Note: This is not a memo by President Clinton, but an article written by the author below.
Memo to: The Arab Street
By Thomas L. Friedman
From: President Bill Clinton
To the Arab street
Dear ladies and gentlemen, over the last few years I've often written your leaders, but now that my term is ending I've decided my last letter should be to you, the Arab masses, the Arab street, who have paid such a high price for this ongoing conflict.
I'm going to be blunt. I've done all I could to build a fair, realistic pathway out of the Arab-Israeli conflict for both you and the Israelis, but if you want to continue fighting it out and avoiding a deal that gives you 95 percent of what you want, well, there's nothing more I can do.
But there is something I can say, and it's this: What troubles me most about the mood on the Arab street today is the hostility I detect there to modernization, globalization, demo cratization and the information revolution. What you do with the Israelis is up to you now, but what you do with your own societies is going to affect the stability of the whole Middle East.
Where other countries are focused on developing world-class competitive industries, you are still focused on protecting your uncompetitive ones. Where others are aggressively trading with the world, you barely trade with each other. Where others are freeing their presses, you are still controlling yours. Where other world leaders are building their legitimacy by pushing education, most of yours are still building their legitimacy by pushing a religious conflict. Where others are seeking foreign investors in order to create jobs for their young people, you are driving off foreign investors with unfriendly bureaucracies and pursuit of a conflict that scares everyone away from your region. In an age when others are making microchips, you are making potato chips.
I would have thought that this reality would be a hotly debated subject among your elites, and I know some have raised it. But for the most part your intellectuals, pundits and parliamentarians, rather than fostering an honest debate, prefer to make excuses. When I ask Arab leaders why South Korea had roughly the same per capita income in the early 1950's as Syria or Egypt, and now South Korea is a highly developed country and Syria and Egypt are still developing, the answer I get is that the Arab states had to fight wars. Well, South Korea had a struggle with North Korea for decades. Another excuse I get is that the Arab states had population problems. Well, so does China, and it's been growing at 10 percent per year.
Your intellectuals seem more interested in protecting their perks, by coming up with excuses for the weakness of their regimes, rather than fostering an honest debate.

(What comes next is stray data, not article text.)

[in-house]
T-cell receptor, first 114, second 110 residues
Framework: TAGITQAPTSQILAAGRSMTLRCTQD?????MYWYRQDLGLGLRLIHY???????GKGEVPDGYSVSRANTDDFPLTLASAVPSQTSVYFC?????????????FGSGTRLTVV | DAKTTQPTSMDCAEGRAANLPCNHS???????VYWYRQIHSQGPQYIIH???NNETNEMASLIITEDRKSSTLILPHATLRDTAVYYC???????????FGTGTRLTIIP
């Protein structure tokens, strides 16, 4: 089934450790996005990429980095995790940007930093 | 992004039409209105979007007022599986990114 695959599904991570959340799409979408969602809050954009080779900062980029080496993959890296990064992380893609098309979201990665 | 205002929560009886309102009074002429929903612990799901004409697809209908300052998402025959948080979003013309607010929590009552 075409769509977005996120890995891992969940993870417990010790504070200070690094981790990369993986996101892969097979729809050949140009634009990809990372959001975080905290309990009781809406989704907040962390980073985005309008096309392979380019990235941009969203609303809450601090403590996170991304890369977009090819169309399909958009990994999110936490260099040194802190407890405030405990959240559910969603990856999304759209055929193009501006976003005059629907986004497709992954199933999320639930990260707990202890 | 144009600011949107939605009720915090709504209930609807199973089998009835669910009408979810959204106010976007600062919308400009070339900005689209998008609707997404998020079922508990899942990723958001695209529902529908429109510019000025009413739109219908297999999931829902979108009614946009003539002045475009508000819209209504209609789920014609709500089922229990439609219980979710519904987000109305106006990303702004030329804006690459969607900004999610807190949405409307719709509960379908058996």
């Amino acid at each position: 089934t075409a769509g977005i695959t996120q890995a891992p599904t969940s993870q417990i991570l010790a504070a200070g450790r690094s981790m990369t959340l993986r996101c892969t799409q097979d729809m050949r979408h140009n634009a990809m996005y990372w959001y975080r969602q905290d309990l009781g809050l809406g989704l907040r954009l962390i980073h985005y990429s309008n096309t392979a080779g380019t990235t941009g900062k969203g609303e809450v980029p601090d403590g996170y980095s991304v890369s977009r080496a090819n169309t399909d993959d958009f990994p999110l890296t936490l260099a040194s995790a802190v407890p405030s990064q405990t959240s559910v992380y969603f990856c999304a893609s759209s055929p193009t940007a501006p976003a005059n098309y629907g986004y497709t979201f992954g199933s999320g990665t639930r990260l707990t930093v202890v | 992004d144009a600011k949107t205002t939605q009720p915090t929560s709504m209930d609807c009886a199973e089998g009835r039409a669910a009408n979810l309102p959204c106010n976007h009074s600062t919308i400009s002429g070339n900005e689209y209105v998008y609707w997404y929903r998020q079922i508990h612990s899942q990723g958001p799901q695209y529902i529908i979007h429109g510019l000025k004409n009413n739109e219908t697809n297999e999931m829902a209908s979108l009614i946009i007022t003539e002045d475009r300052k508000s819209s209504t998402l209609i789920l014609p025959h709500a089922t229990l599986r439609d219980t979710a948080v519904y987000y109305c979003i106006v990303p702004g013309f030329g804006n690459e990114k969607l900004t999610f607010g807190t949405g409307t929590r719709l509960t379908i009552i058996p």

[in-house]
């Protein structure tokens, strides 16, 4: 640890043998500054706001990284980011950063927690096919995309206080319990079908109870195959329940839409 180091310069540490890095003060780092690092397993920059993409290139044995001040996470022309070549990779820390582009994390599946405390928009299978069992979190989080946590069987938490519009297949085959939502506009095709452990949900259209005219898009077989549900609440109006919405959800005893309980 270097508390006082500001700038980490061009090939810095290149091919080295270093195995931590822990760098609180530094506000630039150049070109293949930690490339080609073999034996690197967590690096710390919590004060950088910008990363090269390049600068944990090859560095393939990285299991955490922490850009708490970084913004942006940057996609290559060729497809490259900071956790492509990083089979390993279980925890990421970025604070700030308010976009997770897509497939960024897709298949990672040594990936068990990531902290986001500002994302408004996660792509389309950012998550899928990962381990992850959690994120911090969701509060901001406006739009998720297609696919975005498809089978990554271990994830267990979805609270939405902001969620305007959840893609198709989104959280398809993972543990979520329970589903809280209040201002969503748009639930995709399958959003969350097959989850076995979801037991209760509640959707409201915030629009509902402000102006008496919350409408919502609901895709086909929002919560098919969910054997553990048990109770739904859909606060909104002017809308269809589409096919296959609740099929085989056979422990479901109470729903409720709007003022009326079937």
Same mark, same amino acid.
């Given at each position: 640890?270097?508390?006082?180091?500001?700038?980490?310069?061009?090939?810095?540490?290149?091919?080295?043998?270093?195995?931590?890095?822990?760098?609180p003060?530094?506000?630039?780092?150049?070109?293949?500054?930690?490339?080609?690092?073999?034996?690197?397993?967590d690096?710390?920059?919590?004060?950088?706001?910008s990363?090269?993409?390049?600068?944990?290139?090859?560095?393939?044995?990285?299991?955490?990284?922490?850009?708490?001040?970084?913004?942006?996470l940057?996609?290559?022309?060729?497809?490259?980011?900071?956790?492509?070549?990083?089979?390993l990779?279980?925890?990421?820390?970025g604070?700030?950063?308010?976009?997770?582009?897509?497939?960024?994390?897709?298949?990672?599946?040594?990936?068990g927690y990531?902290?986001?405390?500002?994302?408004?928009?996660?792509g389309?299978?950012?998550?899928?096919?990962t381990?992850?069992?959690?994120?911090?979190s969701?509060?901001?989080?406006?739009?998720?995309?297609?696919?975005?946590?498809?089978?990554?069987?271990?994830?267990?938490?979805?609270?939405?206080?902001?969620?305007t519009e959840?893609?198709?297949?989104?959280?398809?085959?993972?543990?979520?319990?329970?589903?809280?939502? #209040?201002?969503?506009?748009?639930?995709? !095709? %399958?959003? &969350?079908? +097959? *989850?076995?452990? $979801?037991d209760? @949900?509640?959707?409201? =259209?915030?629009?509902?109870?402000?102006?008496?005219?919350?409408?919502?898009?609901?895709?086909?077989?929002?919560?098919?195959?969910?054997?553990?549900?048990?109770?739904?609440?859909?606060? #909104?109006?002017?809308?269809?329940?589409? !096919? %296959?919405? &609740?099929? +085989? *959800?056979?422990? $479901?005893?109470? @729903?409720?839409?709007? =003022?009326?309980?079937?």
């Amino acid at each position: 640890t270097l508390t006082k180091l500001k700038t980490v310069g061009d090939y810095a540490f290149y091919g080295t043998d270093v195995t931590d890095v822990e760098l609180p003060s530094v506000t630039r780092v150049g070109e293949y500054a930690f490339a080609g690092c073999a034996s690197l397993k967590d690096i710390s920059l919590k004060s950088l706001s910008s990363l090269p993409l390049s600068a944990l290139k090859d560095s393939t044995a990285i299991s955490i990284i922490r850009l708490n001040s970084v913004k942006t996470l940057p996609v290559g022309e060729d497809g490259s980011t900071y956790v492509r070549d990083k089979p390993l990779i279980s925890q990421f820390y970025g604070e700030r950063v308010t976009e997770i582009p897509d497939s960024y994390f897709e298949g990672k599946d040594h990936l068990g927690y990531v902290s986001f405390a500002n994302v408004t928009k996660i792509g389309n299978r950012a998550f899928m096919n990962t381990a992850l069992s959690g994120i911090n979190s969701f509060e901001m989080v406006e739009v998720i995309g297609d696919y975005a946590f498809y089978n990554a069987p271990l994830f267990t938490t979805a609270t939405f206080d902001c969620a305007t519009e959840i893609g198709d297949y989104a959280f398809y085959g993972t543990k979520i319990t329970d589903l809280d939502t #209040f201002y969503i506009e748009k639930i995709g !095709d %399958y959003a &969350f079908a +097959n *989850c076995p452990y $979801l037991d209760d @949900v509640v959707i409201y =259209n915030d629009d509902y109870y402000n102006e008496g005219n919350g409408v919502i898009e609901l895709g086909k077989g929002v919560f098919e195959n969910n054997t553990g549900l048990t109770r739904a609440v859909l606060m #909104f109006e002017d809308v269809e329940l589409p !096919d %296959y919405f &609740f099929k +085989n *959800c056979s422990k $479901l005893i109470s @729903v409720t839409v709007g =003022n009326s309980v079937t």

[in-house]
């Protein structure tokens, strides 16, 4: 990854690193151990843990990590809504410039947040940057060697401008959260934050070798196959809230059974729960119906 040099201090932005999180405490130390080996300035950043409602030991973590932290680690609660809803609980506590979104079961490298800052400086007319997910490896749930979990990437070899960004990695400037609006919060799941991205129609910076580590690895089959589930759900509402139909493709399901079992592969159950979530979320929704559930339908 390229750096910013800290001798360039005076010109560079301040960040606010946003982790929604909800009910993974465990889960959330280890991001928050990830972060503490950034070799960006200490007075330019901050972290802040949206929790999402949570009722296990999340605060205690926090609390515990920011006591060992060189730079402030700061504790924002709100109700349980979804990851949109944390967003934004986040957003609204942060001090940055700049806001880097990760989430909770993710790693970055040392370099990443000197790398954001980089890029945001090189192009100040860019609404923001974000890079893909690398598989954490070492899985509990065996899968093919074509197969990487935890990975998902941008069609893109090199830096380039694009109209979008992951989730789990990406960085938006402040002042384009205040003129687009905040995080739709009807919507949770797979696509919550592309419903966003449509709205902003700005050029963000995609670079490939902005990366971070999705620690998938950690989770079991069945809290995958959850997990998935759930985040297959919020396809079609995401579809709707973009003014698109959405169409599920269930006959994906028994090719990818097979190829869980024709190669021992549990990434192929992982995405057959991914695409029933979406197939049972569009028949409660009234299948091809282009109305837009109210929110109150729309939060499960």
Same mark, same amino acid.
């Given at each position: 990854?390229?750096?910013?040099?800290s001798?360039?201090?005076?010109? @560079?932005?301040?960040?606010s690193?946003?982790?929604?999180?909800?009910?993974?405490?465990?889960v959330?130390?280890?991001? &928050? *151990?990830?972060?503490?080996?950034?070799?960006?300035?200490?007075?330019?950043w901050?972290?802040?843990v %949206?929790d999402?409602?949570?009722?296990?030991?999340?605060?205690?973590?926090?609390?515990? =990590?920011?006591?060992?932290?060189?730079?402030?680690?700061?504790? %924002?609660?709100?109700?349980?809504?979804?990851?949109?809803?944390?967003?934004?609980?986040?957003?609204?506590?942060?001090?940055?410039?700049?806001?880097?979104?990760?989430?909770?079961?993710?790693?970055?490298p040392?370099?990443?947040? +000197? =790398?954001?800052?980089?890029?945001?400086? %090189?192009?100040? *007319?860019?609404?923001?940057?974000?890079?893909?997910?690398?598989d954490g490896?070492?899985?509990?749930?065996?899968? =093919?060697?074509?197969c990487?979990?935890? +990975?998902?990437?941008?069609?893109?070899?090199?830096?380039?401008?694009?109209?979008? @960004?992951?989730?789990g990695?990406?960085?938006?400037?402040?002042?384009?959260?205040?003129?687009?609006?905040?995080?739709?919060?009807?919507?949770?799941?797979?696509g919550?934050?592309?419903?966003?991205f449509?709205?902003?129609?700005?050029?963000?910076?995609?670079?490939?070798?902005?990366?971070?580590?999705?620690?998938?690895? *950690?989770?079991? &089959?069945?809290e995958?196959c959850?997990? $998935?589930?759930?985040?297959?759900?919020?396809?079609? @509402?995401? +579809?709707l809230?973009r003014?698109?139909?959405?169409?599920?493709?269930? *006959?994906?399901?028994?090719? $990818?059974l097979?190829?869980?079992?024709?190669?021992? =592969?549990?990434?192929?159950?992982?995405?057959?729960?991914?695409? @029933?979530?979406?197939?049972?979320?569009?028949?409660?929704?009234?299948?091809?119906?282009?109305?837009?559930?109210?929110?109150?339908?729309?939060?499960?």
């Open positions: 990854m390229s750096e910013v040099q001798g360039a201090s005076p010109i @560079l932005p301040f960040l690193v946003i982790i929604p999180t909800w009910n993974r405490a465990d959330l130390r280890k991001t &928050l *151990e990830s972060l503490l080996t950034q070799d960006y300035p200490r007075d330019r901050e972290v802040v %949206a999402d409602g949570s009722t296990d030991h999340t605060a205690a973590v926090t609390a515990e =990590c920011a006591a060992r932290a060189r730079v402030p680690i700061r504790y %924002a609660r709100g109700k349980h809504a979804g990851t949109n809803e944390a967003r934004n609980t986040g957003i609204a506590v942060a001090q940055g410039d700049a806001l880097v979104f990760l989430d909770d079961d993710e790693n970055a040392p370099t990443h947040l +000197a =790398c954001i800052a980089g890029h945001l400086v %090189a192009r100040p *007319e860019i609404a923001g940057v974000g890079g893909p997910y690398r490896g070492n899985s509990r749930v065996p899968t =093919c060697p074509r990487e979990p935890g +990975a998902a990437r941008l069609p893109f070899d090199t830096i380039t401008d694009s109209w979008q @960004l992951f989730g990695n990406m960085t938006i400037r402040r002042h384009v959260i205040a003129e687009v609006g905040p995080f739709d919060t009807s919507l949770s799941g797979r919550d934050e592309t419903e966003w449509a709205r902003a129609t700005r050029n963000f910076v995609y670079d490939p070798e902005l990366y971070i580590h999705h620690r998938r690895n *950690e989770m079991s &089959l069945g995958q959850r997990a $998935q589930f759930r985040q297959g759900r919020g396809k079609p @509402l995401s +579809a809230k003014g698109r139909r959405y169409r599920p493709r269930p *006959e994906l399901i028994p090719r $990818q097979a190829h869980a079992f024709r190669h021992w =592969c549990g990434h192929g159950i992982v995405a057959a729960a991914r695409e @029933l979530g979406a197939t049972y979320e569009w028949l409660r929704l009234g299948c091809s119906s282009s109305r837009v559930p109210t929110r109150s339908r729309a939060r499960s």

I realize that the issue of Israel, and who rules over the Muslim holy places in Jerusalem, touches the soul of the Arab street. I would not think of asking you to give up on controlling your religious sites. But I would urge you to consider asking more than one question. Who rules al Aksa mosque is critical for the dignity of every Arab and Palestinian Muslim in the modern world. But what sort of education you offer your kids, what sort of economy you build and what sort of rule of law you establish will also determine your dignity and standing in the modern world. You should be concerned with answering the old questions, but you have to recognize that they are not the only questions.
There has to be a balance. A society that forgets its roots will never be stable. But a society that is preoccupied with its roots, and is asking the question only of who owns which root, will never grow into the world or bear fruit. Your intellectuals don't care. They eat the fruit no matter what. They are protected by the regimes, while they keep you living only by the old questions and the old role models. In doing so, they ensure that you never reach your full potential.
I understand you get frustrated with America. But when you follow the Arab elites into supporting Saddam Hussein, I don't understand. Forget about us, think about this man and what he has done to his neighbors, the poison gas he has used on his own people, the generation of Iraqis he has destroyed. Is this a role model? Is this the sort of Arab leader you want for your own societies?
I hope not. I hope one day soon I will see an intifada not only for an independent Palestine but for Arab education, for Arab free press, for Arab legality, for Arab democracy. An Arab street that can ask only one question will, in the end, not be a very nice place to raise your kids.
(c) 2000 The New York Times Company. Reprinted by Permission
This memo first appeared on the new york times. January 12th issue, in the opinon section.
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